Back in the days, or five years ago, developers were faced with a tricky proposition: build software applications tailored to individual operating systems, or develop applications that would work across several of them. For many years before the rise of mobile computing, this wasn’t as much of a problem – there were generally only two major operating systems on the market, and the exclusivity of their respective applications was often seen as a selling point. Fast-forward to the present day, and desktop computing has been hugely surpassed by mobile hardware.
One of the fundamental reasons for the rise of smartphones and other mobile devices is the functionality they provide. Software development houses often no longer lead the way with application development, but rather provide a solution to businesses with a service they wish to sell – and that means reaching as many people as possible, no matter what platform they use. In practical terms, that means working on as many operating systems as possible, and there are several ways to do that. This is known as cross platform mobile development.
This approach tends to lean heavily on the continued support of the OS developers for the development language you choose – but certainly , the trend is towards making operating systems as accessible as possible. After all, a must-have app can do wonders for hardware sales.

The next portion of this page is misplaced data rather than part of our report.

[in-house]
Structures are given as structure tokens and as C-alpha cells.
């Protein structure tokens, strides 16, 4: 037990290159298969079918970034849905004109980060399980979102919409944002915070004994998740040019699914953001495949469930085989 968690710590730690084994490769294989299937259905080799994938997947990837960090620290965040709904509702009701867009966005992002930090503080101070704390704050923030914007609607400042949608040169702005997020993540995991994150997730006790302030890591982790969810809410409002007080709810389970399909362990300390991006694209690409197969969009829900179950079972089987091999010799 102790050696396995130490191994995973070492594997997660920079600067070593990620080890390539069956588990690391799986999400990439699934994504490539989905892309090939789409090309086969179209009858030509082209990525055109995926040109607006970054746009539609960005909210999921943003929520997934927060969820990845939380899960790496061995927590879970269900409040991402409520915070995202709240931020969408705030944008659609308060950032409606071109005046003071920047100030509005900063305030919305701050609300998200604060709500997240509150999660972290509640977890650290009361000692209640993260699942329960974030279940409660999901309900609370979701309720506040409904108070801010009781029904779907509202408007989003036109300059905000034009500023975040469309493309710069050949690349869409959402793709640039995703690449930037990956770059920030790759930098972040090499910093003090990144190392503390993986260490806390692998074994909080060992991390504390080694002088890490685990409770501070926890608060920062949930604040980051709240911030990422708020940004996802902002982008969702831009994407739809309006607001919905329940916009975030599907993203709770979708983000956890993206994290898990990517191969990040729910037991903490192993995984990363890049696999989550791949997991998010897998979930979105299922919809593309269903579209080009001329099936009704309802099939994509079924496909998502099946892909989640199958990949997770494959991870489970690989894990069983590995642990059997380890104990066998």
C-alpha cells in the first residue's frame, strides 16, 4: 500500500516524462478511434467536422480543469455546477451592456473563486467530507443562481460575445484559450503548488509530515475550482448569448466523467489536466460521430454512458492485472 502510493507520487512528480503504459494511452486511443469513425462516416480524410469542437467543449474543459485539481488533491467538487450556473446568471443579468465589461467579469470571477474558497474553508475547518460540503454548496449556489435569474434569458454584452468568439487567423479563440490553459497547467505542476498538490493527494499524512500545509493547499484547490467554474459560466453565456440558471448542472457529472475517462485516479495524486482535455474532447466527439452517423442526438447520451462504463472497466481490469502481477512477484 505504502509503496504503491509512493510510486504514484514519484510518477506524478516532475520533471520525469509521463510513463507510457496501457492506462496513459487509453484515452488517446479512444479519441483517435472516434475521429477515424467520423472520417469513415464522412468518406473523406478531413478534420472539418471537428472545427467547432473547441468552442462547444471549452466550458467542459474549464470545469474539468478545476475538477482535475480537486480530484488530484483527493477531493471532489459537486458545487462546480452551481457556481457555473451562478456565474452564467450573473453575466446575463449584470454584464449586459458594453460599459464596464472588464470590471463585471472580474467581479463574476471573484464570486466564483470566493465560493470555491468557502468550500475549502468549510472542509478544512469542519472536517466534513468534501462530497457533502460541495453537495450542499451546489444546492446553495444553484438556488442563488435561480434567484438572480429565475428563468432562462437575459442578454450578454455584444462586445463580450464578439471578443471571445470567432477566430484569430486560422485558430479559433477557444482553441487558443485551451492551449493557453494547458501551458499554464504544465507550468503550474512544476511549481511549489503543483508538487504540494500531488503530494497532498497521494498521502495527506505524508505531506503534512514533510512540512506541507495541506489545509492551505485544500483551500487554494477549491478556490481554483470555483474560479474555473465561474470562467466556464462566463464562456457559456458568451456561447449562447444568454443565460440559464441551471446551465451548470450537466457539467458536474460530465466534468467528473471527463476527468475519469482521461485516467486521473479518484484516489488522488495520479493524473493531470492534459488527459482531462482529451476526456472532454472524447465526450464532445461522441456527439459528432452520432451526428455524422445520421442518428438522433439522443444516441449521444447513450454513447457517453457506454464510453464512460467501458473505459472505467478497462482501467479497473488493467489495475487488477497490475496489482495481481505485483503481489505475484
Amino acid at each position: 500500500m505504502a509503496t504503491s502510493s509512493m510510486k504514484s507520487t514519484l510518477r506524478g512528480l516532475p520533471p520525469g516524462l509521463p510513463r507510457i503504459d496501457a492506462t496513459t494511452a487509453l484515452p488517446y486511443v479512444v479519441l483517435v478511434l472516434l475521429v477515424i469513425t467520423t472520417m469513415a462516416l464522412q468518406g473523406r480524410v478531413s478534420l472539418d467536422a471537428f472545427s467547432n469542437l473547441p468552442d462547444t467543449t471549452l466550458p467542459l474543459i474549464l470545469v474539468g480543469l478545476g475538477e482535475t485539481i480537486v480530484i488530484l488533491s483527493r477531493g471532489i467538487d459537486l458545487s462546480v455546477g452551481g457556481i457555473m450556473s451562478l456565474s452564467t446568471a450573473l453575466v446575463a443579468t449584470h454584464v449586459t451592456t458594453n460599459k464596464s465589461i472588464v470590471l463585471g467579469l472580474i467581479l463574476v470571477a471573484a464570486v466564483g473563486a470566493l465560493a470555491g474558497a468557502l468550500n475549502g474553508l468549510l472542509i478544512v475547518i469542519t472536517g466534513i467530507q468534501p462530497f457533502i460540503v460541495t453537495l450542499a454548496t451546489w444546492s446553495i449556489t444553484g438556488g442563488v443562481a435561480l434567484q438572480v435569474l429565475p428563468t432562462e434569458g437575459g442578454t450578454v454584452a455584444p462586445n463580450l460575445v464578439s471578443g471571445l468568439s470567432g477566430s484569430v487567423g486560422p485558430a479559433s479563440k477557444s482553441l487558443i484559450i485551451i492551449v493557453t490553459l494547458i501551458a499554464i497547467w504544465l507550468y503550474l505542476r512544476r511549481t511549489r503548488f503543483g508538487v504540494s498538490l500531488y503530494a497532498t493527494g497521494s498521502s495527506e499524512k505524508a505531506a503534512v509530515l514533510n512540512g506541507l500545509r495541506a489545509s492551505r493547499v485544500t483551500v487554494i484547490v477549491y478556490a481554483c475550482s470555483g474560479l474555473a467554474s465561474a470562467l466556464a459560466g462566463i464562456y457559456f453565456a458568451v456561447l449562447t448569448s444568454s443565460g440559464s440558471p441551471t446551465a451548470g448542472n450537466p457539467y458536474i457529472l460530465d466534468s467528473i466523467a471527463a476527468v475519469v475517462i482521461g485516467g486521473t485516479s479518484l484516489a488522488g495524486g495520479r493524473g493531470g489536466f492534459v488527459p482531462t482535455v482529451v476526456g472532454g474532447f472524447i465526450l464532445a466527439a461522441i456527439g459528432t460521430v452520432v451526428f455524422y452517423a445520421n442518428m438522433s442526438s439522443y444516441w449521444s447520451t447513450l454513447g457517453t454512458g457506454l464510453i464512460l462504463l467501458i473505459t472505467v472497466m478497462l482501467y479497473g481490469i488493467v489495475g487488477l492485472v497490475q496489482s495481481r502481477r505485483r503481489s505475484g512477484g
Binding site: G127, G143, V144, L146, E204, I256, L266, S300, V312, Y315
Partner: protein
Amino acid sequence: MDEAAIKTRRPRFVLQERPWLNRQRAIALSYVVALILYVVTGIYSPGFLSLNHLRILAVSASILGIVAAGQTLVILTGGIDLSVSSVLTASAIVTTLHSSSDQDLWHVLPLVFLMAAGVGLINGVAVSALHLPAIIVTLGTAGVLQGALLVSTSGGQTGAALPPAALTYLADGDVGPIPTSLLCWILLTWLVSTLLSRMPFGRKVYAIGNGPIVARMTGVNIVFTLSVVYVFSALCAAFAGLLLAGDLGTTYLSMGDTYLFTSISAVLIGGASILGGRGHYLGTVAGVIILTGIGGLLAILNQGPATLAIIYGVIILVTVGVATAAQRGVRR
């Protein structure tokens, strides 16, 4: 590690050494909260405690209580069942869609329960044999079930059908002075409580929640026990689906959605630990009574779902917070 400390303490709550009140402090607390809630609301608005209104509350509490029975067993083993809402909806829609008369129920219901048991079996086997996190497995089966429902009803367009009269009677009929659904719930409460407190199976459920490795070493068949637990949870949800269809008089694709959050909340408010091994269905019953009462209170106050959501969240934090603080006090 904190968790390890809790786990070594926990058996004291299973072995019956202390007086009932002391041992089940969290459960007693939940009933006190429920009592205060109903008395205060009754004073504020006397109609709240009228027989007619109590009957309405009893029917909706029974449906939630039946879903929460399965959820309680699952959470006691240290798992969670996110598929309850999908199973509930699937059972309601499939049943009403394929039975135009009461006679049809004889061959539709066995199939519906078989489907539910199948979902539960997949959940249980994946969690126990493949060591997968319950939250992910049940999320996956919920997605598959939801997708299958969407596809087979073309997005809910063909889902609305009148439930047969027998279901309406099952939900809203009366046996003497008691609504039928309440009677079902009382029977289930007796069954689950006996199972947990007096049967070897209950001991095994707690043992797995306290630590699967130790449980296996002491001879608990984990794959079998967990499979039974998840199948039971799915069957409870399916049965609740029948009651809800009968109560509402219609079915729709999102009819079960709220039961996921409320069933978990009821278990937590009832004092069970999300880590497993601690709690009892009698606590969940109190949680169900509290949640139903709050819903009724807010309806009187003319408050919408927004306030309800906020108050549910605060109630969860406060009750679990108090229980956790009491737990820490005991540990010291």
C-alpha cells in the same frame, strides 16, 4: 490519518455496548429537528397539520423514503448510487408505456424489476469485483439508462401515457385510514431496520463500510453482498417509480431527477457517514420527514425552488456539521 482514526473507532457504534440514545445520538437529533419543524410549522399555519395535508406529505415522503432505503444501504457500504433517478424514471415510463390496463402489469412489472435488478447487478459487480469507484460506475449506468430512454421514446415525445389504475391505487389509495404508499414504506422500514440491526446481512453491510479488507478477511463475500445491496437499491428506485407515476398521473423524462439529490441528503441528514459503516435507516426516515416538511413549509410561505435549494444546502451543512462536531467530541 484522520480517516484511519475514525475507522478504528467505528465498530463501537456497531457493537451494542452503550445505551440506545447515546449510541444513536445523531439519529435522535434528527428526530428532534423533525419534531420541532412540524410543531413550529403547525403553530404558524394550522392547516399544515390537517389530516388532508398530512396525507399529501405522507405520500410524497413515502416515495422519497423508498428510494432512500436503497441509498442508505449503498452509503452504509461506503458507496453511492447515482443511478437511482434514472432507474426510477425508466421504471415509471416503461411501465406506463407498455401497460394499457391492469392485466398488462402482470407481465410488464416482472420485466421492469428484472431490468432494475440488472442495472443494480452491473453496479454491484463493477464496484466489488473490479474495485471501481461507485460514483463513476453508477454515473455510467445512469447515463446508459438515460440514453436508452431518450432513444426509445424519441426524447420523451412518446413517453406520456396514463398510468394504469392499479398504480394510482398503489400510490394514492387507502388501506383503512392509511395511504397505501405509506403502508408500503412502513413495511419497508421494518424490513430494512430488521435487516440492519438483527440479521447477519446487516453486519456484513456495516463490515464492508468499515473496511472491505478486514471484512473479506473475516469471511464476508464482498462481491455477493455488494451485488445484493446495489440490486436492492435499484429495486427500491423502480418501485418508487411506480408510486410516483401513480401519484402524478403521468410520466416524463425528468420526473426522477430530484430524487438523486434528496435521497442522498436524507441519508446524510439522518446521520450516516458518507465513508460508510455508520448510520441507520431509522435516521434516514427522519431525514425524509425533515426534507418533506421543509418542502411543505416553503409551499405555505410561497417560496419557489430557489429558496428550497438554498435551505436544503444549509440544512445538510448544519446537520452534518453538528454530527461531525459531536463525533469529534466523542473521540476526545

Another approach makes use of progressive web apps. This way of tackling the problem uses another recent development – in browser applications. Because browsers are now capable of running quite advanced scripts as part of web content, they can also be used as a shell to run web apps themselves. This can cut out the middle man – meaning that developers don’t necessarily have to customize their core code to run on different operating systems – but it also has a few downsides.
Most browsers aren’t as capable of running applications as complicated as those that stand alone; they also tend to be more dependent on the hardware they run on with their technical back-end, with restrictions on things like cache size sometimes becoming an issue.
All in all, cross platform development is one of the best ways to reach as wide an audience as possible. While applications developed for a broad range of operating systems might not be able to make full use of the device and platform-specific features, and perhaps won’t run as fast as natively developed applications might, for simple and service-providing solutions, market reach is king. Having a good idea of who you want to see your product is the first step to deciding if cross-platform development is for you.